MELBOURNE, Australia – All eyes will be on the Rod Laver Arena on Sunday as world champion Novak Djokovic battles ardent Daniil Medvedev for the Australian Open singles title (3:30 p.m. ET, ESPN / ESPN app).
The pair had contrasting runs to the finals at Melbourne Park. Djokovic, an eight-time Australian Open champion, came into the fortnight as the man to beat. After apparently tearing an oblique muscle against American Taylor Fritz in the third round, there were serious doubts that he could continue his quest for an 18th major title.
Since then, Djokovic has taken comfortable wins against Milos Raonic, Alexander Zverev and Aslan Karatsev, and fears about the mysterious injury have subsided.
Meanwhile, Medvedev has continued his spectacular hard court form, dominating anyone who has been on the opposite baseline. The Russian is driving a 20-match winning streak on the surface, with 11 of those wins being played against top 10 players. Medvedev is looking for his first big title and if he catches it in Melbourne this weekend it will rise to number 2 in the world.
What are the keys to the final? ESPN analysts Patrick McEnroe, Brad Gilbert and Darren Cahill preview the game.
The experience factor
McEnroe: I like how Djokovic tried to turn it around and put pressure on Medvedev by saying [Medvedev is] to beat the player. Medvedev may have only played one slam final, but it was a great game and he showed tremendous determination, courage and perseverance to take it down to five sets. His tactics were mostly spot on. If Medvedev loses this match, I don’t think it will be because he lacks a lot of experience in the final or because he has stage fright, but because Djokovic took the game away from him.
Gilbert: Djokovic is 8-0 in Melbourne and Rafa is 13-0 in Paris. That’s 21: 0 on these two places. So yes, experience is definitely important! One thing that I find really important to Medvedev is that he had never won a match in five sets, he was 6-0, but he won one early here against Filip Krajinovic. I think it was a big psychological thing for him to have won this match in five games and it’s something he could fall back on in the final if it goes deep.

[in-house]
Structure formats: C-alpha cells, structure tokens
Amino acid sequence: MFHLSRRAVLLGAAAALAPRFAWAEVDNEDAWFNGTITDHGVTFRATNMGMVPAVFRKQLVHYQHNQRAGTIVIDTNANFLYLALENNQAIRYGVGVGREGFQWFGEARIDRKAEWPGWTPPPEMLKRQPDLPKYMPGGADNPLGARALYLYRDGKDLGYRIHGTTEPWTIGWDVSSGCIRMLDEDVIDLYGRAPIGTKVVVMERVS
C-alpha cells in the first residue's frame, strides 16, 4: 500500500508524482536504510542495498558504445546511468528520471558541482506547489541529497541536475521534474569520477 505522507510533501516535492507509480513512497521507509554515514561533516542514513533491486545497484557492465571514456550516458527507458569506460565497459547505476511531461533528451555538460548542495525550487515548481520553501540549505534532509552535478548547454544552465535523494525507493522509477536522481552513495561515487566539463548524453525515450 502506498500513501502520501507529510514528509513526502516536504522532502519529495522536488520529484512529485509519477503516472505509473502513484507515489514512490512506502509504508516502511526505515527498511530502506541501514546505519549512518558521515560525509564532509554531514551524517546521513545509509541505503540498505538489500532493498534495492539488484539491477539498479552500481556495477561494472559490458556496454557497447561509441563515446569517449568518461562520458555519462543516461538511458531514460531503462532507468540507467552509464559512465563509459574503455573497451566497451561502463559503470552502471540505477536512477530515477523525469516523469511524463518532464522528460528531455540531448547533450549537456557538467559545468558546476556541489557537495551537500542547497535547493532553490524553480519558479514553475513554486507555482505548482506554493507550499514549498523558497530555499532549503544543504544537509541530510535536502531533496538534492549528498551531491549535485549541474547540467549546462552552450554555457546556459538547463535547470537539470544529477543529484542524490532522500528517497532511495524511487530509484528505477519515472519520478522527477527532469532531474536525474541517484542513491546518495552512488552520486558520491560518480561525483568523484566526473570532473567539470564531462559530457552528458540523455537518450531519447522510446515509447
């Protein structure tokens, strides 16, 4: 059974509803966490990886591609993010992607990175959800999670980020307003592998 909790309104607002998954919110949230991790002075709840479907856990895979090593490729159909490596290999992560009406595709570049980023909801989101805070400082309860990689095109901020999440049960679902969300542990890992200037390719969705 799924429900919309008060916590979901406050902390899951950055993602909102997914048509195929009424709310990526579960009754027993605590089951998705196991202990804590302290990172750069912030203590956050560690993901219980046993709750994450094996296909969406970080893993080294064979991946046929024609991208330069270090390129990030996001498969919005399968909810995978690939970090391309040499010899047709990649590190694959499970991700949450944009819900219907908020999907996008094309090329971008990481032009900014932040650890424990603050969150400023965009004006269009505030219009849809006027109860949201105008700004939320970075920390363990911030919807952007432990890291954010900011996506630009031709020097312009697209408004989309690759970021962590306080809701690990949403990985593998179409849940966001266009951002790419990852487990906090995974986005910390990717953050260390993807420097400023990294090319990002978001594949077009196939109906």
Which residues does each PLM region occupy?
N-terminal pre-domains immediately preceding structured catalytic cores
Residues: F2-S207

Cahill: Experience counts a lot and I think Medvedev talked about it very well after his final against Rafael Nadal at the US Open a few years ago. It wasn’t that he had played the wrong strokes, he just lacked the experience of being there in that moment. He was lovable two sets less and played two amazing sets to get back before Nadal picked up and won again. But now that he’s been in that position before, he can look back on it and get a bit more experience and not be afraid of the finish line if he gets that opportunity. That will help him. On the other hand, Novak has been there many times. It’s second nature to him. This is not the case for someone like Medvedev, and he has to assert himself.
How does Djokovic stop the most shapely man in tennis?
McEnroe: Djokovic has looked fantastic in the last two games and will continue the game that brought him eight titles in Australia. He won’t worry about what Medvedev did to Tsitsipas, who was way too inconsistent. Djokovic won’t be that inconsistent, especially on this surface. Tactically, Djokovic is brilliant. He knows how to control the pace of a game, when to attack and when to play it safe. The faster dish will also help him get a lot more out of his serve. He knows what to do to get the job done.